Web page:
Anyway, the whole point is that I would say 90 percent of the condemnation has come down on the players or the coaches, and I think some scrutiny should be paid to the federation and the structure of the tournament itself.

MONTAGNE: OK. Well, back to the best now. What, Mike, is the single coolest event that you have seen?

PESCA: Well, that would have to be the Poland versus Bulgaria volleyball game. Obviously, when Poland plays Bulgaria, you throw those records out the window. I saw this event in the Earls Court Arena. And, you know, England has a large Polish population. I think they all showed up to watch this particular event. The Poles did not win. The Bulgarians held firm. But the place was raucous. Of course, no one outside Bulgaria or Poland or maybe the eight people who bet on the game - and you can bet on everything here - no one paid attention. But it was a great atmosphere.

MONTAGNE: OK. Bulgaria, Poland - something others might have missed. What about the prizes?

PESCA: You know, I'm going to talk about a pair of teams that actually haven't won it all, but Great Britain in basketball has been really good. The women's team, you know, almost beat Canada. And the men's team came within a point, or two points, of beating Spain, one point of tying Spain. That's amazing. Spain's the second-best team in the world. British basketball is something like 43rd in the world. They're playing over their heads. They have Luol Deng of the Chicago Bulls. He certainly helps. But they're doing very well.

MONTAGNE: And looking ahead, we know Usain Bolt will be the center of attention in the coming days. What else should we be watching for?

PESCA: Right. So, athletics - what we call track and field - athletics start today, and so many exciting events there. Just today, they'll be giving the medal in the men's shot-put, and also the women's 10,000 meters - the biggest of men, the most lithe of women. You see the differences, the sort of spectrum of human physiology at play in track and field. It's one of the reasons why the world loves that sport.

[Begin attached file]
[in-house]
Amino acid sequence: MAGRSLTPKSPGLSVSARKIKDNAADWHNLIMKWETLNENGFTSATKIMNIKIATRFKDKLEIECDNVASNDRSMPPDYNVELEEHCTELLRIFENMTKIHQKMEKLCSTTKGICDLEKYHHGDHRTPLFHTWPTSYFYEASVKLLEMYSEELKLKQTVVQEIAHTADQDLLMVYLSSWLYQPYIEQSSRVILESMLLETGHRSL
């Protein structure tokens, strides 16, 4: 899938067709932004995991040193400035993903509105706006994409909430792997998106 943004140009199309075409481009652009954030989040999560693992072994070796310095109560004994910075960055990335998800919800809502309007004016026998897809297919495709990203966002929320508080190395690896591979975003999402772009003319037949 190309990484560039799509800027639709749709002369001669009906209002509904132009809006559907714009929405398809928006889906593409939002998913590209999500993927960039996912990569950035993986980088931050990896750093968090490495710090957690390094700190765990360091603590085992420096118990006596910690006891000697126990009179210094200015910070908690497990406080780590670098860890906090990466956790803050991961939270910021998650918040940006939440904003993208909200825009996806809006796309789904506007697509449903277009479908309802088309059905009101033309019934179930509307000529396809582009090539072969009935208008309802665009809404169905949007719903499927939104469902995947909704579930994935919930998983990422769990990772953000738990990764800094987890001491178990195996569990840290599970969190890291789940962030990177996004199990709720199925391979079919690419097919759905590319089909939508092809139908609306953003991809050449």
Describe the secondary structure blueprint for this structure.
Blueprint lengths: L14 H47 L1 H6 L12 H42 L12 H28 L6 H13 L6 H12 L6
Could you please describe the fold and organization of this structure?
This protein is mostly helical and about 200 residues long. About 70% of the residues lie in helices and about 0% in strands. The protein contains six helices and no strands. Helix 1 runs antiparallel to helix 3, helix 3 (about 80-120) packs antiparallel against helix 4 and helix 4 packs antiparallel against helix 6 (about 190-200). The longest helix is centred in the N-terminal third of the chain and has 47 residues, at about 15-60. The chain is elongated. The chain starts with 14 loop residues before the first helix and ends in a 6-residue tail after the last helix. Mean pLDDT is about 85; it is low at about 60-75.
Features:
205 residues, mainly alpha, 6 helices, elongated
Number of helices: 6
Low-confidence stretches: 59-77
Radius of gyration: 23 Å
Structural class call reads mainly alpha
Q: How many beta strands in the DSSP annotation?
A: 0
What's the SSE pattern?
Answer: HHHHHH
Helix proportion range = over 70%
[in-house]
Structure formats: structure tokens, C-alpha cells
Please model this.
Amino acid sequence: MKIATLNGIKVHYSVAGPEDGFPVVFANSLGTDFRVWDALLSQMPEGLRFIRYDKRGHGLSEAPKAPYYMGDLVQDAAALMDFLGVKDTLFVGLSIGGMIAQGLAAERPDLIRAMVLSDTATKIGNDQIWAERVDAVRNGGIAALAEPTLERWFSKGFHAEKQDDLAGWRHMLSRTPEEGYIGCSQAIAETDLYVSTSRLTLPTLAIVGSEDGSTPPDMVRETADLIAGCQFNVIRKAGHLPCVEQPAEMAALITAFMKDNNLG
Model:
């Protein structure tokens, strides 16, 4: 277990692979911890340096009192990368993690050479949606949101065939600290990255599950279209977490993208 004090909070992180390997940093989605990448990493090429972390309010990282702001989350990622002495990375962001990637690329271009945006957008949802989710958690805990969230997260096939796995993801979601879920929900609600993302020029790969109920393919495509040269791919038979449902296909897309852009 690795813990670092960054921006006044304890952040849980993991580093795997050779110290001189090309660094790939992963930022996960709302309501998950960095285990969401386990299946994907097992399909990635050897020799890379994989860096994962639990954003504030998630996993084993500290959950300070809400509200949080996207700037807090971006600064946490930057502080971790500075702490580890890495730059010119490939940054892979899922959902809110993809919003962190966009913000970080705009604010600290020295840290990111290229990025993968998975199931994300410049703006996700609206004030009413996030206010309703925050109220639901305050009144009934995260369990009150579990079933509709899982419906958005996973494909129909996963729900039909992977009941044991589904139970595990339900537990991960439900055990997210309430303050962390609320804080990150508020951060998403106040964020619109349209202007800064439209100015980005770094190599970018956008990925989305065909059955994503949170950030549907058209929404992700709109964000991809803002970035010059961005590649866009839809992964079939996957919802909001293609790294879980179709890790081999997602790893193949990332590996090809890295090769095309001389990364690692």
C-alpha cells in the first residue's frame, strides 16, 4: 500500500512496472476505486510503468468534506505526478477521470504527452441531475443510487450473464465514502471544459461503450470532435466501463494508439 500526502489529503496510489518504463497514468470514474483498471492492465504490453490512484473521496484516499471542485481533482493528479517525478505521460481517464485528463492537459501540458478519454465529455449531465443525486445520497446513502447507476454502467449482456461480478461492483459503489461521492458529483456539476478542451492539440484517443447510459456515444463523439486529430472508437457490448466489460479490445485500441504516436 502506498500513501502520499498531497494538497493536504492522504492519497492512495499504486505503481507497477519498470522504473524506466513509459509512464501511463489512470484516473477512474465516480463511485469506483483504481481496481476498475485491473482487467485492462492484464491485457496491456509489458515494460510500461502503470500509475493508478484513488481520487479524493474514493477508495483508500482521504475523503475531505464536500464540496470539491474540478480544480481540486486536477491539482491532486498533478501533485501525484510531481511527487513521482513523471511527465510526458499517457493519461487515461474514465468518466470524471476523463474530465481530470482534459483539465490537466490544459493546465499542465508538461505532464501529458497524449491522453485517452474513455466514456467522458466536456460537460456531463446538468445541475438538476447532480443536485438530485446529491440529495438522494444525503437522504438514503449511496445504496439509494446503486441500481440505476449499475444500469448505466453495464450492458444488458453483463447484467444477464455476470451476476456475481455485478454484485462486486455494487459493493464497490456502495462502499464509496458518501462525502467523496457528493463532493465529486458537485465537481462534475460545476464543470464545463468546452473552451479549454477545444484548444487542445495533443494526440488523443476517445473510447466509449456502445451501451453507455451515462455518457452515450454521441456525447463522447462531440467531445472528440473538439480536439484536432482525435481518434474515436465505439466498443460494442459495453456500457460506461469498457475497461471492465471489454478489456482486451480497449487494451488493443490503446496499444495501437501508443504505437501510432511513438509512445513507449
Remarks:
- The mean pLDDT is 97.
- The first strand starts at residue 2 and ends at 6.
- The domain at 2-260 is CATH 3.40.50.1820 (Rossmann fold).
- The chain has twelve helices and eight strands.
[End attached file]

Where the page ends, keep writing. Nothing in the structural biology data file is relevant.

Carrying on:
MONTAGNE: Mike, thanks very much.

PESCA: You're welcome.

MONTAGNE: NPR's Mike Pesca in London at the Summer Olympics. And we will be hearing from him lots in the coming days.

Copyright © 2012 NPR. All rights reserved. No quotes from the materials contained herein may be used in any media without attribution to NPR. This transcript is provided for personal, noncommercial use only, pursuant to our Terms of Use. Any other use requires NPR's prior permission. Visit our permissions page for further information.

NPR transcripts are created on a rush deadline by a contractor for NPR, and accuracy and availability may vary. This text may not be in its final form and may be updated or revised in the future. Please be aware that the authoritative record of NPR's programming is the audio.

Comments

 

Please keep your community civil. All comments must follow the NPR.org Community rules and terms of use, and will be moderated prior to posting. NPR reserves the right to use the comments we receive, in whole or in part, and to use the commenter's name and location, in any medium. See also the Terms of Use, Privacy Policy and Community FAQ.